Read this book. Think about how *you* would handle these things. Think about how *we* should handle these things…

Or not. Maybe you jus need to cry, or even bawl your eyes out. Maybe these issues aren’t theoretical for you – maybe they’re as real for you as they are for the characters in this book. Maybe you’re just trying to find answers yourself.

Read this book too. And may you find comfort within its words even in the midst of your own storm.

But read this book, regardless. Very much recommended.

This review of For Roger by Laura Drake was originally written on November 20, 2023.

#BookReview: Hello Goodbye by Kay Bratt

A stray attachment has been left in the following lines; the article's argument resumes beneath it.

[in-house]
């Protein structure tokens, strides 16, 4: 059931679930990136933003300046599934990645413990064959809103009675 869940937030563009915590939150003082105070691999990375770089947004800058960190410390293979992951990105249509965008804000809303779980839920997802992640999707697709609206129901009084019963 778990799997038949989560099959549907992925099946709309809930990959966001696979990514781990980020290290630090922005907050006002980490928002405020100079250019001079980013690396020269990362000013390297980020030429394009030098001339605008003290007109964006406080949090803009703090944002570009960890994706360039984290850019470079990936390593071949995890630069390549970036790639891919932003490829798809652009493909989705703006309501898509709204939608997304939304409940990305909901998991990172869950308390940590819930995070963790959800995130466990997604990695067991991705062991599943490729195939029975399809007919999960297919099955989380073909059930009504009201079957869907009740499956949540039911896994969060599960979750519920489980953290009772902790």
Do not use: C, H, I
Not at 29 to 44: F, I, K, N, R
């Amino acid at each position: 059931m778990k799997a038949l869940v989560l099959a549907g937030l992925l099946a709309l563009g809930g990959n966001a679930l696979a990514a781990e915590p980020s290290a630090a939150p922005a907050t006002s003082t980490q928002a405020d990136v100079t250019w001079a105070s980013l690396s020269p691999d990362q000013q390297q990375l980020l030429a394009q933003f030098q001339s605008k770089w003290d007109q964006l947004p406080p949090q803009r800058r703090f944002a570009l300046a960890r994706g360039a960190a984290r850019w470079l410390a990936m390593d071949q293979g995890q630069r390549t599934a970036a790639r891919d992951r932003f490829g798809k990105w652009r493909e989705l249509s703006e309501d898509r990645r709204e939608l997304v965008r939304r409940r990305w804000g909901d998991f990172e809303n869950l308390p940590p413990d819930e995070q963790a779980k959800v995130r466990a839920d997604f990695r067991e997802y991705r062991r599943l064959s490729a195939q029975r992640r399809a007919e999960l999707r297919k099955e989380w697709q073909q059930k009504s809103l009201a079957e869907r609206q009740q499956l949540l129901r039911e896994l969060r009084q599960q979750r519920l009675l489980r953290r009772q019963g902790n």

Shocking Final Chapters Leave Readers Breathless. This book was one of the more interesting in this series both because the crime being investigated here is one of the more brutal Bratt has ever put into her fiction (at least in my now 5+ yrs of reading most of her work) *and* because Bratt’s style doesn’t normally lend itself to “oh my god I can’t stop reading I have to know what happens next NOW!!!!!!!!!!!!!!!!!!!!” level pacing… and yet this one’s last several chapters read exactly that way. Thus, showing a truly deft hand with her storytelling along with strong growth as a storyteller. Indeed, perhaps one minor weakness here is that given the somewhat limited number of characters (wait, what? I know – but bear with me here), it isn’t really *possible* to show just how shocking this particular crime would be throughout an entire region of small Southern towns – though even here, Bratt works well within her style and within the world she has crafted through this series to relay that as best as possible. And yes, as others have noted, given everything that happens here… Book 8 *could* be the series finale… but I too agree I’d like to see it continue well beyond that point. Very much recommended.